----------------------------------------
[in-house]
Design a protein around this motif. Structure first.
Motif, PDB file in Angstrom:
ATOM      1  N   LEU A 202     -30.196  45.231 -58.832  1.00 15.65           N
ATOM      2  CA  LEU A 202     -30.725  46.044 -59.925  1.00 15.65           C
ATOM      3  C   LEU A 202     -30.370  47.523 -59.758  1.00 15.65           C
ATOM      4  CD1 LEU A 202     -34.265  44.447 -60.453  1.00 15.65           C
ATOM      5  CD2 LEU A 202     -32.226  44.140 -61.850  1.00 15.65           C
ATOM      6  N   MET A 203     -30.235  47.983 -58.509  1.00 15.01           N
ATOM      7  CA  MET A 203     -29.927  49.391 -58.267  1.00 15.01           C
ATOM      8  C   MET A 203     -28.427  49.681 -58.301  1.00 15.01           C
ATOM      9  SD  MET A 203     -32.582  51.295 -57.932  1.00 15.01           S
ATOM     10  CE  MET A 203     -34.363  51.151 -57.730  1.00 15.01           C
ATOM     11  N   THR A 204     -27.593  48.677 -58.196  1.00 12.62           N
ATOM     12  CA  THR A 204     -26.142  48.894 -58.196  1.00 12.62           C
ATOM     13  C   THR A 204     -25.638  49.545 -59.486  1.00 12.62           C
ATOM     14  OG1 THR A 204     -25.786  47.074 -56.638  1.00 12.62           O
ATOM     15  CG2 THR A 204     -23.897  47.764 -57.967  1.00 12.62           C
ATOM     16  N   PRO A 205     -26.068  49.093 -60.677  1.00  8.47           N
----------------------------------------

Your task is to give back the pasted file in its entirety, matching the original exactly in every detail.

[in-house]
Design a protein around this motif. Structure first.
Motif, PDB file in Angstrom:
ATOM      1  N   LEU A 202     -30.196  45.231 -58.832  1.00 15.65           N
ATOM      2  CA  LEU A 202     -30.725  46.044 -59.925  1.00 15.65           C
ATOM      3  C   LEU A 202     -30.370  47.523 -59.758  1.00 15.65           C
ATOM      4  CD1 LEU A 202     -34.265  44.447 -60.453  1.00 15.65           C
ATOM      5  CD2 LEU A 202     -32.226  44.140 -61.850  1.00 15.65           C
ATOM      6  N   MET A 203     -30.235  47.983 -58.509  1.00 15.01           N
ATOM      7  CA  MET A 203     -29.927  49.391 -58.267  1.00 15.01           C
ATOM      8  C   MET A 203     -28.427  49.681 -58.301  1.00 15.01           C
ATOM      9  SD  MET A 203     -32.582  51.295 -57.932  1.00 15.01           S
ATOM     10  CE  MET A 203     -34.363  51.151 -57.730  1.00 15.01           C
ATOM     11  N   THR A 204     -27.593  48.677 -58.196  1.00 12.62           N
ATOM     12  CA  THR A 204     -26.142  48.894 -58.196  1.00 12.62           C
ATOM     13  C   THR A 204     -25.638  49.545 -59.486  1.00 12.62           C
ATOM     14  OG1 THR A 204     -25.786  47.074 -56.638  1.00 12.62           O
ATOM     15  CG2 THR A 204     -23.897  47.764 -57.967  1.00 12.62           C
ATOM     16  N   PRO A 205     -26.068  49.093 -60.677  1.00  8.47           N